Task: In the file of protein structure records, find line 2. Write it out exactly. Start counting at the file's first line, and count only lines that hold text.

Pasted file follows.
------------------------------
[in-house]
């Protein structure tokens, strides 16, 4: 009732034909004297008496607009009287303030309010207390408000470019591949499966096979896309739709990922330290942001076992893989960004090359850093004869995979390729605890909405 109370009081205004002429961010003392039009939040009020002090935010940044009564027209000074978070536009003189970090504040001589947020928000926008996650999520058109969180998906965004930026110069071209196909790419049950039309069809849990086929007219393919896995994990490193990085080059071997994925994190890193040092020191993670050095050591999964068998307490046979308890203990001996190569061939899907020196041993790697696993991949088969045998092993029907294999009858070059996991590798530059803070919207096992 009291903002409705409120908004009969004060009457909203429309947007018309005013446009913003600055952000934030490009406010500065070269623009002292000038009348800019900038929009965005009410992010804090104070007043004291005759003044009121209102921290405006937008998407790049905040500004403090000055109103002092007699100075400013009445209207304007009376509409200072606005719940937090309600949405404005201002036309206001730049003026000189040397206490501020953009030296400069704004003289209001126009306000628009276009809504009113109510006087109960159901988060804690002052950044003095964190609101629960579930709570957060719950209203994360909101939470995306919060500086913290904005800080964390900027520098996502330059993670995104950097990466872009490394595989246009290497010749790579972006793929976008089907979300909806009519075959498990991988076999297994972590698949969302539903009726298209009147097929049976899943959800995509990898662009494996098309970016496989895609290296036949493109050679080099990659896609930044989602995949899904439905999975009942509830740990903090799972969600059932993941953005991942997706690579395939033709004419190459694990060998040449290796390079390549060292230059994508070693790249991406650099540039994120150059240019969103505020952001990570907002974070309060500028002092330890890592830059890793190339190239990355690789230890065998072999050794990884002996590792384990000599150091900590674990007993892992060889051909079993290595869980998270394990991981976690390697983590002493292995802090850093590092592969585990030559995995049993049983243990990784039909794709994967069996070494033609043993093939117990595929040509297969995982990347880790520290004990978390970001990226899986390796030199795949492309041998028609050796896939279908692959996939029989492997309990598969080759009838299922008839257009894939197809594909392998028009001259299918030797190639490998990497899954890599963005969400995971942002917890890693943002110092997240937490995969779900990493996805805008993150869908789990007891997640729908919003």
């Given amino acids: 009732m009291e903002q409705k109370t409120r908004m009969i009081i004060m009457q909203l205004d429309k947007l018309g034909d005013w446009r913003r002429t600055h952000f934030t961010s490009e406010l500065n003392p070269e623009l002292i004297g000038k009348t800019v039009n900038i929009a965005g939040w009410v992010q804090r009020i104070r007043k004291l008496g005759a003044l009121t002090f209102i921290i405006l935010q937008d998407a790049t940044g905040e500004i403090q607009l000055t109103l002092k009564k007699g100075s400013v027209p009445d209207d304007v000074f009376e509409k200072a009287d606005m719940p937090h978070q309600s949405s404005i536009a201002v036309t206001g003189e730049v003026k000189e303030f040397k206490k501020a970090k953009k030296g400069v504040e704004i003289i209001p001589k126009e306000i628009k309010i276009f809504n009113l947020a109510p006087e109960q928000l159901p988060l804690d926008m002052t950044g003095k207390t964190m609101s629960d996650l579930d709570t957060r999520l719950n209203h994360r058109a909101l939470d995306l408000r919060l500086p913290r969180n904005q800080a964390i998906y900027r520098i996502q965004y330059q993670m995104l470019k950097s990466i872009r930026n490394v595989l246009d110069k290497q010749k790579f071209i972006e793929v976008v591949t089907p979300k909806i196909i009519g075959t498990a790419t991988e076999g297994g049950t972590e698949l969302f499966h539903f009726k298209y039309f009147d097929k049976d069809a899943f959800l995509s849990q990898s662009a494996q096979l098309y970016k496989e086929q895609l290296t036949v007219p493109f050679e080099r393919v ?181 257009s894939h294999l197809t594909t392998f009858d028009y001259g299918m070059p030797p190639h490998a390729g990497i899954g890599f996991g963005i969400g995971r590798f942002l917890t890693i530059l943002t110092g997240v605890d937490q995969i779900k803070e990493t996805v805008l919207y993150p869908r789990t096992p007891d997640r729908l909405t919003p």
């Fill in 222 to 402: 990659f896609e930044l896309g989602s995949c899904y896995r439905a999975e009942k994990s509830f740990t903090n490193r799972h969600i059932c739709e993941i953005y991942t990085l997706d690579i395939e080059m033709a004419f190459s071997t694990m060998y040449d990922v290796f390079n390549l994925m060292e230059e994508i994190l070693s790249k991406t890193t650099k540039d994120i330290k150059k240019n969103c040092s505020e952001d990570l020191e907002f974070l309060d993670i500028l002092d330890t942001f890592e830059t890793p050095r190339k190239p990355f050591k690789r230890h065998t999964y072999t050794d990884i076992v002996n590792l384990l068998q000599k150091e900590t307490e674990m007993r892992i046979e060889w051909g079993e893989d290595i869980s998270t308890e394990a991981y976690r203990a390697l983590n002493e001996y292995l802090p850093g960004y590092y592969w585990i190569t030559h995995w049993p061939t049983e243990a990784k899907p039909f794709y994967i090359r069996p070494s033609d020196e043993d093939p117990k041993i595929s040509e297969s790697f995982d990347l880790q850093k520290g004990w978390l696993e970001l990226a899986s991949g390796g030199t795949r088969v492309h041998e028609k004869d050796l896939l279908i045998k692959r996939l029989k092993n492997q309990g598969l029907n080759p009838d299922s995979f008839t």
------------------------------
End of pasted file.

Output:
């Protein structure tokens, strides 16, 4: 009732034909004297008496607009009287303030309010207390408000470019591949499966096979896309739709990922330290942001076992893989960004090359850093004869995979390729605890909405 109370009081205004002429961010003392039009939040009020002090935010940044009564027209000074978070536009003189970090504040001589947020928000926008996650999520058109969180998906965004930026110069071209196909790419049950039309069809849990086929007219393919896995994990490193990085080059071997994925994190890193040092020191993670050095050591999964068998307490046979308890203990001996190569061939899907020196041993790697696993991949088969045998092993029907294999009858070059996991590798530059803070919207096992 009291903002409705409120908004009969004060009457909203429309947007018309005013446009913003600055952000934030490009406010500065070269623009002292000038009348800019900038929009965005009410992010804090104070007043004291005759003044009121209102921290405006937008998407790049905040500004403090000055109103002092007699100075400013009445209207304007009376509409200072606005719940937090309600949405404005201002036309206001730049003026000189040397206490501020953009030296400069704004003289209001126009306000628009276009809504009113109510006087109960159901988060804690002052950044003095964190609101629960579930709570957060719950209203994360909101939470995306919060500086913290904005800080964390900027520098996502330059993670995104950097990466872009490394595989246009290497010749790579972006793929976008089907979300909806009519075959498990991988076999297994972590698949969302539903009726298209009147097929049976899943959800995509990898662009494996098309970016496989895609290296036949493109050679080099990659896609930044989602995949899904439905999975009942509830740990903090799972969600059932993941953005991942997706690579395939033709004419190459694990060998040449290796390079390549060292230059994508070693790249991406650099540039994120150059240019969103505020952001990570907002974070309060500028002092330890890592830059890793190339190239990355690789230890065998072999050794990884002996590792384990000599150091900590674990007993892992060889051909079993290595869980998270394990991981976690390697983590002493292995802090850093590092592969585990030559995995049993049983243990990784039909794709994967069996070494033609043993093939117990595929040509297969995982990347880790520290004990978390970001990226899986390796030199795949492309041998028609050796896939279908692959996939029989492997309990598969080759009838299922008839257009894939197809594909392998028009001259299918030797190639490998990497899954890599963005969400995971942002917890890693943002110092997240937490995969779900990493996805805008993150869908789990007891997640729908919003």